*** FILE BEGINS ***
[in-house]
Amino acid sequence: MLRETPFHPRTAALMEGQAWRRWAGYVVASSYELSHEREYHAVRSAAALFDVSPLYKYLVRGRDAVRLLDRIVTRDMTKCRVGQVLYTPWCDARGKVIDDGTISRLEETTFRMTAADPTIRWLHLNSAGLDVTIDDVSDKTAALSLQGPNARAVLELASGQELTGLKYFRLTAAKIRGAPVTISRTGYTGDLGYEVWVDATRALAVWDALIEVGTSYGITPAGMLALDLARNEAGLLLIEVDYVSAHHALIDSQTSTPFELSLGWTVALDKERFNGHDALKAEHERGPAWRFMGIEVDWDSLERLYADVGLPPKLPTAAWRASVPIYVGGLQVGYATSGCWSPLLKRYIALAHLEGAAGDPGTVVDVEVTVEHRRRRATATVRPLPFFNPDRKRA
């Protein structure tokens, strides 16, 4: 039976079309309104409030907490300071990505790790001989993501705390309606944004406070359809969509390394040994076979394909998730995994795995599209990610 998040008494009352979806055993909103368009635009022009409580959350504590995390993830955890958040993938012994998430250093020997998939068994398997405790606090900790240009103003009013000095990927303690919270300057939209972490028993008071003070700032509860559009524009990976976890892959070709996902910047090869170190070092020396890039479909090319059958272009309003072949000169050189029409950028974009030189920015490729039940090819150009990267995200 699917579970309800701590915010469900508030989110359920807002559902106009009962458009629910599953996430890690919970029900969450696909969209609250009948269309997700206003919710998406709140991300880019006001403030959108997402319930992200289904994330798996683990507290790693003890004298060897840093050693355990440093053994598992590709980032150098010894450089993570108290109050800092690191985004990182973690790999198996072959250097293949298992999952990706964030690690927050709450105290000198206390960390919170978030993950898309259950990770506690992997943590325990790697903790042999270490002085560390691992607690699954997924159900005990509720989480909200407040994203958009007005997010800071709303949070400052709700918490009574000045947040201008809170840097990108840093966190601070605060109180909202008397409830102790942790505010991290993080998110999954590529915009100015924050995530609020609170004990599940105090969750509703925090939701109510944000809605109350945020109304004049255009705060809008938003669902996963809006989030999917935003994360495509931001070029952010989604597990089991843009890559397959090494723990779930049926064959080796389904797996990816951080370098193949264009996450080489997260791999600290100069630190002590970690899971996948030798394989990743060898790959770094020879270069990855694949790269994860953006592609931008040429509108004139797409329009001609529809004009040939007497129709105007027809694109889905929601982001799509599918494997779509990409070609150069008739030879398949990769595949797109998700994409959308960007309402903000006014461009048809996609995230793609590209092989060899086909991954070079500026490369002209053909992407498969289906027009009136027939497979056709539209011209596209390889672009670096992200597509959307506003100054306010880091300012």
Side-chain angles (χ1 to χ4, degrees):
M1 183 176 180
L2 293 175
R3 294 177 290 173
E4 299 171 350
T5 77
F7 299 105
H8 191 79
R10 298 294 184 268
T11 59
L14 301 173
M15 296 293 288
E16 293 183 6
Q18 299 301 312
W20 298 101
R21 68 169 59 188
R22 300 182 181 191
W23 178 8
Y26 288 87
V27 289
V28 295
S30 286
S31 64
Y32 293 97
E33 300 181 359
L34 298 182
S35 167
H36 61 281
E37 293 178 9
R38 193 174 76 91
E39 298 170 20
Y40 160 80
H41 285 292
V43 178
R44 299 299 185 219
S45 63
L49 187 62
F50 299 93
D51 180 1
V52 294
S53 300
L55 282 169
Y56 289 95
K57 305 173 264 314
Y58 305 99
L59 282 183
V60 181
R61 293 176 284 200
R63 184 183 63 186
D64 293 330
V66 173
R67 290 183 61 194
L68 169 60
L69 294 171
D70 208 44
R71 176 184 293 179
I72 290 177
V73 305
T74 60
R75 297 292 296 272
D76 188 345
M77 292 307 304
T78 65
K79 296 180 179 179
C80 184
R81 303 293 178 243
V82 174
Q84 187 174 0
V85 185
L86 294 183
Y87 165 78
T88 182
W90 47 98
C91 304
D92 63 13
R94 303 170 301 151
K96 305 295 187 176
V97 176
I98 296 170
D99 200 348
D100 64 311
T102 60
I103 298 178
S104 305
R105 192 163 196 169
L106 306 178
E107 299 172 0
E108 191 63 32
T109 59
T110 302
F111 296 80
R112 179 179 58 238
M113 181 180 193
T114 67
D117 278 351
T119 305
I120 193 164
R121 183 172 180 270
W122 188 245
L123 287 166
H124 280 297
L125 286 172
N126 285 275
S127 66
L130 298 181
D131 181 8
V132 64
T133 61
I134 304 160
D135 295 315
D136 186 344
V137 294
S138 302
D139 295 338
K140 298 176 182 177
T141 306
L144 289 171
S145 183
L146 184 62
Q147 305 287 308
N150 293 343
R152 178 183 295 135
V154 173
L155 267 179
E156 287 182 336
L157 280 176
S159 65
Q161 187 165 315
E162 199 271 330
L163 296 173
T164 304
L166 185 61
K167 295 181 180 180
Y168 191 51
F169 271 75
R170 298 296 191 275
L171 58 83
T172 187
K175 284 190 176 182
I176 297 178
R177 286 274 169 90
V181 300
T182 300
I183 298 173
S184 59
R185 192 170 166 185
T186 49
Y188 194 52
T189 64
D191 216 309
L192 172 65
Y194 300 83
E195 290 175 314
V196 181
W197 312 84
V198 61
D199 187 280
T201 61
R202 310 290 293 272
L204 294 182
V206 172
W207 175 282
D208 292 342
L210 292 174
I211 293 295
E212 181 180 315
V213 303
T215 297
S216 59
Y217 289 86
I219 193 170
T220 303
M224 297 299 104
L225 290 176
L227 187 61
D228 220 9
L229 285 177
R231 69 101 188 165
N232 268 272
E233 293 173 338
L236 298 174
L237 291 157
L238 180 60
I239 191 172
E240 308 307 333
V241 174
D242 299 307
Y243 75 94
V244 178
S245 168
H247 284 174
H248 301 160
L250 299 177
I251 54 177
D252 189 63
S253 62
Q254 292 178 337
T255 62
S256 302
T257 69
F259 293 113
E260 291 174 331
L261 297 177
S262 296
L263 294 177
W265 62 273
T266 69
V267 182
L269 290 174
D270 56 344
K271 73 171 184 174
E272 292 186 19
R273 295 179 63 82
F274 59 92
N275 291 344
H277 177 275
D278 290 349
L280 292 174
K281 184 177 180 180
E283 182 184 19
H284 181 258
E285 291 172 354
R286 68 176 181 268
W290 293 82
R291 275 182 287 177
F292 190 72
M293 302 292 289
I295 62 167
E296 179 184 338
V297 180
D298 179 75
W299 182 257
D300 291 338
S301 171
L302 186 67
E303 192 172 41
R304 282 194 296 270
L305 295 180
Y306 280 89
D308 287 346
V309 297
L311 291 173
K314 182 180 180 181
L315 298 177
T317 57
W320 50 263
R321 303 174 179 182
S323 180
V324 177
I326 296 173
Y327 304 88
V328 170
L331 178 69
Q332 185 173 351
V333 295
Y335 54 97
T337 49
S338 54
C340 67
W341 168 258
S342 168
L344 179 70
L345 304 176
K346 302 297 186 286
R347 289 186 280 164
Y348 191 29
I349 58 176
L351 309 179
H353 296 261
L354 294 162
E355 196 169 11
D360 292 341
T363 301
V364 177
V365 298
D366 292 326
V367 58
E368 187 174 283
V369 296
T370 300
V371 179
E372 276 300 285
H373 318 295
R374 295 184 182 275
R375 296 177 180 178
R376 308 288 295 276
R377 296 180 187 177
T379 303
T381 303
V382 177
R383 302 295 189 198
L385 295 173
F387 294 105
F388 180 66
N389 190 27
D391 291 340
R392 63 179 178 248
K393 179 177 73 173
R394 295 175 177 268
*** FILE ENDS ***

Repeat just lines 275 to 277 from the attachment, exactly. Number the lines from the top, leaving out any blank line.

D360 292 341
T363 301
V364 177